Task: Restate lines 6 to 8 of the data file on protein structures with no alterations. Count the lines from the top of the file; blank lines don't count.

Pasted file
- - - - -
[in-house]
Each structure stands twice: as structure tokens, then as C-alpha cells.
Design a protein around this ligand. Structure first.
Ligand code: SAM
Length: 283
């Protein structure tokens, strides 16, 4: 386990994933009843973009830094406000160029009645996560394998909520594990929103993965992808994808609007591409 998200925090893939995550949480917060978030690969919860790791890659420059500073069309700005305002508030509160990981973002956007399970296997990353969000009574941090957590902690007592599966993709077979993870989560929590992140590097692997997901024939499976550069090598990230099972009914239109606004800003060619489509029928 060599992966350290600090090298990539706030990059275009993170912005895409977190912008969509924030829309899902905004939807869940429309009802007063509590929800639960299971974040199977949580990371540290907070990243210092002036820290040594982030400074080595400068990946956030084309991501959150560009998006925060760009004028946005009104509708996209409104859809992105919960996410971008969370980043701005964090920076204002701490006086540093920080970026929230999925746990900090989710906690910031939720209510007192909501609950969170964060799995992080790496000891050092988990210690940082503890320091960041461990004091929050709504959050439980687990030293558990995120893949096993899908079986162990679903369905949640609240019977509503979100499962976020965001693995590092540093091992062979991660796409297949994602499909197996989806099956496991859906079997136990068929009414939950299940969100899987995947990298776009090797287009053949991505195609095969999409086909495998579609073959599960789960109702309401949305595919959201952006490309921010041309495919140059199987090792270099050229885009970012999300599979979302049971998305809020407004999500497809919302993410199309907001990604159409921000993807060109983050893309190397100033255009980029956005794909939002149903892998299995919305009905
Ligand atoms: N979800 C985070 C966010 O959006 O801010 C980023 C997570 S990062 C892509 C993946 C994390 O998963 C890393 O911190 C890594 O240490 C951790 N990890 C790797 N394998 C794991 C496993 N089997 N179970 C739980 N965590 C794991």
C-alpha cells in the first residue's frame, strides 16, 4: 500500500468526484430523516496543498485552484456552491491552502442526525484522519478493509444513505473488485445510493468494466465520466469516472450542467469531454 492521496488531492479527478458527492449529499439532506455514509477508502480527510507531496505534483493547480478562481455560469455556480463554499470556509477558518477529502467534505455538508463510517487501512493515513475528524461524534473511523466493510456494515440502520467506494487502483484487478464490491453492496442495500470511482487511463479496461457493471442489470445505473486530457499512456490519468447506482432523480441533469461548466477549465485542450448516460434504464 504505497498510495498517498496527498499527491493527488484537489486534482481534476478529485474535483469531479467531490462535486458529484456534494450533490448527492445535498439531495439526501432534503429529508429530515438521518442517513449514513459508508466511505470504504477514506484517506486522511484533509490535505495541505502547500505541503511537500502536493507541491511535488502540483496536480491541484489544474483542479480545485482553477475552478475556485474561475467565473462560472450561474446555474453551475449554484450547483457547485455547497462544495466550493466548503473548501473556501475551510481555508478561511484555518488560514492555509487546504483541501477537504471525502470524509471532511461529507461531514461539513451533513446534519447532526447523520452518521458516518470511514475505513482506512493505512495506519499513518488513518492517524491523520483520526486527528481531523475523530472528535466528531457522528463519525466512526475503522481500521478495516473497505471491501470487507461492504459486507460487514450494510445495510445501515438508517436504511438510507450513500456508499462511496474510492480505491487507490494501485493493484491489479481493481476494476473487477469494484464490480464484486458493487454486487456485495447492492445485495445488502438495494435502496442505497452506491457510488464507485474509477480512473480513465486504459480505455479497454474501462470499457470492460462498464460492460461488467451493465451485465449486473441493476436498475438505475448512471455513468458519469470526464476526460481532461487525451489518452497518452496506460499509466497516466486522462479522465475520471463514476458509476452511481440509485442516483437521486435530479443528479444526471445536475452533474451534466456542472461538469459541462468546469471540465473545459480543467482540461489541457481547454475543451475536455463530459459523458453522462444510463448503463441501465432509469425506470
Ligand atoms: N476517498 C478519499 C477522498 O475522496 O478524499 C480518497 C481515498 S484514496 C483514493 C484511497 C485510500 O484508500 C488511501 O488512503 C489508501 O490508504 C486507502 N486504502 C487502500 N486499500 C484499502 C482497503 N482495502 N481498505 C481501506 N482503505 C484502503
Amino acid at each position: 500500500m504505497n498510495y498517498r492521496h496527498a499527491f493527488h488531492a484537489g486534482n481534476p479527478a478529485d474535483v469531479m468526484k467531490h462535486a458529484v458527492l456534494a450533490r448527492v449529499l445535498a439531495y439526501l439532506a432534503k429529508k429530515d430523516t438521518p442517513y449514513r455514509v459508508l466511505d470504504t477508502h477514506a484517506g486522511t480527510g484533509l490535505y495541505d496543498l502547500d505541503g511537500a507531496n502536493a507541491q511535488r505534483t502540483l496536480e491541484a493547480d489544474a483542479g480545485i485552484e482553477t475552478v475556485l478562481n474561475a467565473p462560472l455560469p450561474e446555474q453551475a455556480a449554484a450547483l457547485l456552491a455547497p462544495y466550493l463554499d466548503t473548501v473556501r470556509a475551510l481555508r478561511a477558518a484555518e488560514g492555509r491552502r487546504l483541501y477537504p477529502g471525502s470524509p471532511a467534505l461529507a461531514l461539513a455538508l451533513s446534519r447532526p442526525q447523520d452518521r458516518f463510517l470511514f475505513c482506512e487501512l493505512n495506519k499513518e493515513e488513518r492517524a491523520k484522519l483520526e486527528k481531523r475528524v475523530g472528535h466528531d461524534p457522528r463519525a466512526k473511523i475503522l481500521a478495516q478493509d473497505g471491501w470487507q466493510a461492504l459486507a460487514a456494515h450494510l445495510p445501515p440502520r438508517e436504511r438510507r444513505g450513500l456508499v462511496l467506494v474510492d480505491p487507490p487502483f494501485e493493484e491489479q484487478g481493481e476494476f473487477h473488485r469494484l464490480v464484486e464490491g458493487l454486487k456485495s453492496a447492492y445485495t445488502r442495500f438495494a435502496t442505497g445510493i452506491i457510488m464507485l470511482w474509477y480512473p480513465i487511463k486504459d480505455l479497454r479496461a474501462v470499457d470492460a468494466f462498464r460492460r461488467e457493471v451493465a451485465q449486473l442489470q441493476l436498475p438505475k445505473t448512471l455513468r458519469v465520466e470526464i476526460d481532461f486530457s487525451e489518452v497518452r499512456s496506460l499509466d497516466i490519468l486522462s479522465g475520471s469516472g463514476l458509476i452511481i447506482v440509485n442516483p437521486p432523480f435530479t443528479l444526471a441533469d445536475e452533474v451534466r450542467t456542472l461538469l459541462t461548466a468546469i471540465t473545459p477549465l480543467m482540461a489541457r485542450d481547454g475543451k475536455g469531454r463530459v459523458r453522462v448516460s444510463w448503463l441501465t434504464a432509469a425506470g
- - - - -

């Protein structure tokens, strides 16, 4: 386990994933009843973009830094406000160029009645996560394998909520594990929103993965992808994808609007591409 998200925090893939995550949480917060978030690969919860790791890659420059500073069309700005305002508030509160990981973002956007399970296997990353969000009574941090957590902690007592599966993709077979993870989560929590992140590097692997997901024939499976550069090598990230099972009914239109606004800003060619489509029928 060599992966350290600090090298990539706030990059275009993170912005895409977190912008969509924030829309899902905004939807869940429309009802007063509590929800639960299971974040199977949580990371540290907070990243210092002036820290040594982030400074080595400068990946956030084309991501959150560009998006925060760009004028946005009104509708996209409104859809992105919960996410971008969370980043701005964090920076204002701490006086540093920080970026929230999925746990900090989710906690910031939720209510007192909501609950969170964060799995992080790496000891050092988990210690940082503890320091960041461990004091929050709504959050439980687990030293558990995120893949096993899908079986162990679903369905949640609240019977509503979100499962976020965001693995590092540093091992062979991660796409297949994602499909197996989806099956496991859906079997136990068929009414939950299940969100899987995947990298776009090797287009053949991505195609095969999409086909495998579609073959599960789960109702309401949305595919959201952006490309921010041309495919140059199987090792270099050229885009970012999300599979979302049971998305809020407004999500497809919302993410199309907001990604159409921000993807060109983050893309190397100033255009980029956005794909939002149903892998299995919305009905
Ligand atoms: N979800 C985070 C966010 O959006 O801010 C980023 C997570 S990062 C892509 C993946 C994390 O998963 C890393 O911190 C890594 O240490 C951790 N990890 C790797 N394998 C794991 C496993 N089997 N179970 C739980 N965590 C794991």
C-alpha cells in the first residue's frame, strides 16, 4: 500500500468526484430523516496543498485552484456552491491552502442526525484522519478493509444513505473488485445510493468494466465520466469516472450542467469531454 492521496488531492479527478458527492449529499439532506455514509477508502480527510507531496505534483493547480478562481455560469455556480463554499470556509477558518477529502467534505455538508463510517487501512493515513475528524461524534473511523466493510456494515440502520467506494487502483484487478464490491453492496442495500470511482487511463479496461457493471442489470445505473486530457499512456490519468447506482432523480441533469461548466477549465485542450448516460434504464 504505497498510495498517498496527498499527491493527488484537489486534482481534476478529485474535483469531479467531490462535486458529484456534494450533490448527492445535498439531495439526501432534503429529508429530515438521518442517513449514513459508508466511505470504504477514506484517506486522511484533509490535505495541505502547500505541503511537500502536493507541491511535488502540483496536480491541484489544474483542479480545485482553477475552478475556485474561475467565473462560472450561474446555474453551475449554484450547483457547485455547497462544495466550493466548503473548501473556501475551510481555508478561511484555518488560514492555509487546504483541501477537504471525502470524509471532511461529507461531514461539513451533513446534519447532526447523520452518521458516518470511514475505513482506512493505512495506519499513518488513518492517524491523520483520526486527528481531523475523530472528535466528531457522528463519525466512526475503522481500521478495516473497505471491501470487507461492504459486507460487514450494510445495510445501515438508517436504511438510507450513500456508499462511496474510492480505491487507490494501485493493484491489479481493481476494476473487477469494484464490480464484486458493487454486487456485495447492492445485495445488502438495494435502496442505497452506491457510488464507485474509477480512473480513465486504459480505455479497454474501462470499457470492460462498464460492460461488467451493465451485465449486473441493476436498475438505475448512471455513468458519469470526464476526460481532461487525451489518452497518452496506460499509466497516466486522462479522465475520471463514476458509476452511481440509485442516483437521486435530479443528479444526471445536475452533474451534466456542472461538469459541462468546469471540465473545459480543467482540461489541457481547454475543451475536455463530459459523458453522462444510463448503463441501465432509469425506470